This HTML can then be transformed via a specific XSLT file to create the corresponding RSS news feed. The above example RSS 1.0 looks like the following:
<rss:channel rdf:about="http://www.w3.org/2001/sw/Overview.rss"> <rss:title>W3C Semantic Web</rss:title> <rss:link>http://www.w3.org/2001/sw/</rss:link> <rss:description>The Semantic Web is an extension of the current web in which information is given well-defined meaning, better enabling computers and people to work in cooperation.</rss:description> <rss:items> <rdf:Seq> <rdf:li rdf:resource="http://www.w3.org/2001/sw/news#x20020125a"/> ... </rdf:Seq> </rss:items> </rss:channel> <rss:item rdf:about="http://www.w3.org/2001/sw/news#x20020125a"> <rss:title>An RDF Schema for P3P</rss:title> <rss:link>http://www.w3.org/2001/sw/news#x20020125a</rss:link> <dc:date>2002-01-25</dc:date> <rss:description rdf:parseType="Literal"> <span class="description">The <a href="http://www.w3.org/P3P/" shape="rect">P3P Working Group</a> has published An <a href="http://www.w3.org/TR/2002/NOTE-p3p-rdfschema-20020125" shape="rect"> RDF Schema for P3P</a> as a W3C Note. Based on The <a href="http://www.w3.org/TR/2001/WD-P3P-20010928/" shape="rect">Platform for Privacy Preferences 1.0 (P3P1.0) Specification</a> Last Call Working Draft, the Note represents one possible RDF schema for P3P. P3P simplifies and automates the process of reading Web site privacy policies, promoting trust and confidence in the Web.</span></rss:description> </rss:item> ...
The following is a more descriptive explanation of the associated mark-up.
It may help to know that an RSS feed is essentially a sequence of items, with a bit of additional collection- or feed-level information. Each item has a title, a link to the original source of the information (the news item is typically extracted from some larger context), and some descriptive text.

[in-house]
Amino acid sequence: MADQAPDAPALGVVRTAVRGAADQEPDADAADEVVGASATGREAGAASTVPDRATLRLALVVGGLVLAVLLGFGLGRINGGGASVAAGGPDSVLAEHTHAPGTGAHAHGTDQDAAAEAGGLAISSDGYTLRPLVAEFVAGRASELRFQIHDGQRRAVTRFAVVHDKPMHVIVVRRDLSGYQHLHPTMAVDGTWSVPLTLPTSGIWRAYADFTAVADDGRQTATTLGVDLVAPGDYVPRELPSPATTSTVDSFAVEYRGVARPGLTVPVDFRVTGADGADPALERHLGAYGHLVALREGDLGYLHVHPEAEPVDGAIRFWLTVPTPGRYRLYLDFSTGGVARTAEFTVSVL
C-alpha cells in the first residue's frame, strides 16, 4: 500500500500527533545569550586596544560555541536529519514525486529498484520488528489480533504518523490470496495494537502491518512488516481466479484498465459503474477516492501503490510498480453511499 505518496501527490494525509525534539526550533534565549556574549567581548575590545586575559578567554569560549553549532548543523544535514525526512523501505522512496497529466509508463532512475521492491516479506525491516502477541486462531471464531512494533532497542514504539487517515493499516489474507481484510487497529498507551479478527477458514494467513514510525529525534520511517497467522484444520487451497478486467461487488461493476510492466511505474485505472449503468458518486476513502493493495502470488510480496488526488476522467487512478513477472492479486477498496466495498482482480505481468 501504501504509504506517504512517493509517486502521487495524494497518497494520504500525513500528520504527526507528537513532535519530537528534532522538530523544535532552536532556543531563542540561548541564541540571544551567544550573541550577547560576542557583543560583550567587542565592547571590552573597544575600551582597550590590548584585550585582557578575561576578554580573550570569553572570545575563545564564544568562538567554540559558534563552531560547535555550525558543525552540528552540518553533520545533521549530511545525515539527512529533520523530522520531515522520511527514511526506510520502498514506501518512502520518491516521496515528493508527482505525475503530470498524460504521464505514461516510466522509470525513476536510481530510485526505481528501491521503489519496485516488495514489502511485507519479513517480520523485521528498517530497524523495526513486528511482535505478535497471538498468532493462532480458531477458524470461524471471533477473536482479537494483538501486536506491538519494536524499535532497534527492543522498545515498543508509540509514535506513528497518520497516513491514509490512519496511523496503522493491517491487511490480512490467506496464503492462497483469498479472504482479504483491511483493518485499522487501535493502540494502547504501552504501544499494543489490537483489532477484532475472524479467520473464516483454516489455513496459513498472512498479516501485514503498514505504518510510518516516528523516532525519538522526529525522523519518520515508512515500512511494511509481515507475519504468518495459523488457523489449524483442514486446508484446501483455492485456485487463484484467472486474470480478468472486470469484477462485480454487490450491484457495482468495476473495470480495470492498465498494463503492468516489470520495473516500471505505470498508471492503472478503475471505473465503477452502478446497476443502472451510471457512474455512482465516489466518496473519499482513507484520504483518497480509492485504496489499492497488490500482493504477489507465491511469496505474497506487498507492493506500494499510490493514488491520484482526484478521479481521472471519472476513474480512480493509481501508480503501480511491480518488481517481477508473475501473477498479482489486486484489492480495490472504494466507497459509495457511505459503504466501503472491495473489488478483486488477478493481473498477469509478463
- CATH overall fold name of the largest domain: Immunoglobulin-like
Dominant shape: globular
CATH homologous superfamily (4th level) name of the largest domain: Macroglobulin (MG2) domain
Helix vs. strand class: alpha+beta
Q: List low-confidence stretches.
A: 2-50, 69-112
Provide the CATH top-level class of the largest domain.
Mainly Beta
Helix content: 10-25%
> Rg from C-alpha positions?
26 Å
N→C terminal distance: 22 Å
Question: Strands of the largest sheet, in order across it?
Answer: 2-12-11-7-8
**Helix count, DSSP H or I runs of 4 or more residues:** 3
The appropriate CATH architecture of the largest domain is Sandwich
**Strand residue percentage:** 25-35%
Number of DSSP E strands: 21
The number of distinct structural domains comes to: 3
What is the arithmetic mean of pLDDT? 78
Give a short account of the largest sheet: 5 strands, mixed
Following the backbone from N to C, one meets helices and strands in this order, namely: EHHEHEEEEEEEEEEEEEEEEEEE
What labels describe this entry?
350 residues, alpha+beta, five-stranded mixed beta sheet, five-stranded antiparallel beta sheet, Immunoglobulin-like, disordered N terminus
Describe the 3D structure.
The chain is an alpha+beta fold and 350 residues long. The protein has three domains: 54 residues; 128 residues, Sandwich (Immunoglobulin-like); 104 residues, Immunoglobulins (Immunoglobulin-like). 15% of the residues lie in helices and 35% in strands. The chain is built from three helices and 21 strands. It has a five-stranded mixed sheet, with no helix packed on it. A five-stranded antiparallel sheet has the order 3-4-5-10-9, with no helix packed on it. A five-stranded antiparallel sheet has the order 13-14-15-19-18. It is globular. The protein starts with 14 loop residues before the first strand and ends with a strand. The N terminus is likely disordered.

The stylesheet creates the feed this way:
Looked at the other way 'round:
In case of doubt, it may be helpful to consult the XSLT transformation sheet.
The XSL file is the stylesheet which does the scraping. Unless you are experimenting with a variant copy of it, don't change it from the default. The XML data is the XHTML page which contains the markup described above. The Base is the base URI to be used in absolutizing any relative URIs in the input; normally, making it the same as XML data will be the right thing. The Channel is the URI where the output RSS should go. The Page is the URI to which the RSS channel will link. (In case of doubt, make it identical to XML data.)
Once you're satisfied with the results, this service can be automated through CVS-commit triggered scripting. That is, once you make changes to your XHTML file and commit them to our CVS space, the XSLT can be run over it and the RSS file generated automatically and almost immediately. For now, please contact Ryan Lee (firstname.lastname@example.org) to get your feed set up.
Once this is in place and working to your satisfaction, please let me know, and I will configure the W3C At A Glance service to include this new content.
To see examples, or for further information: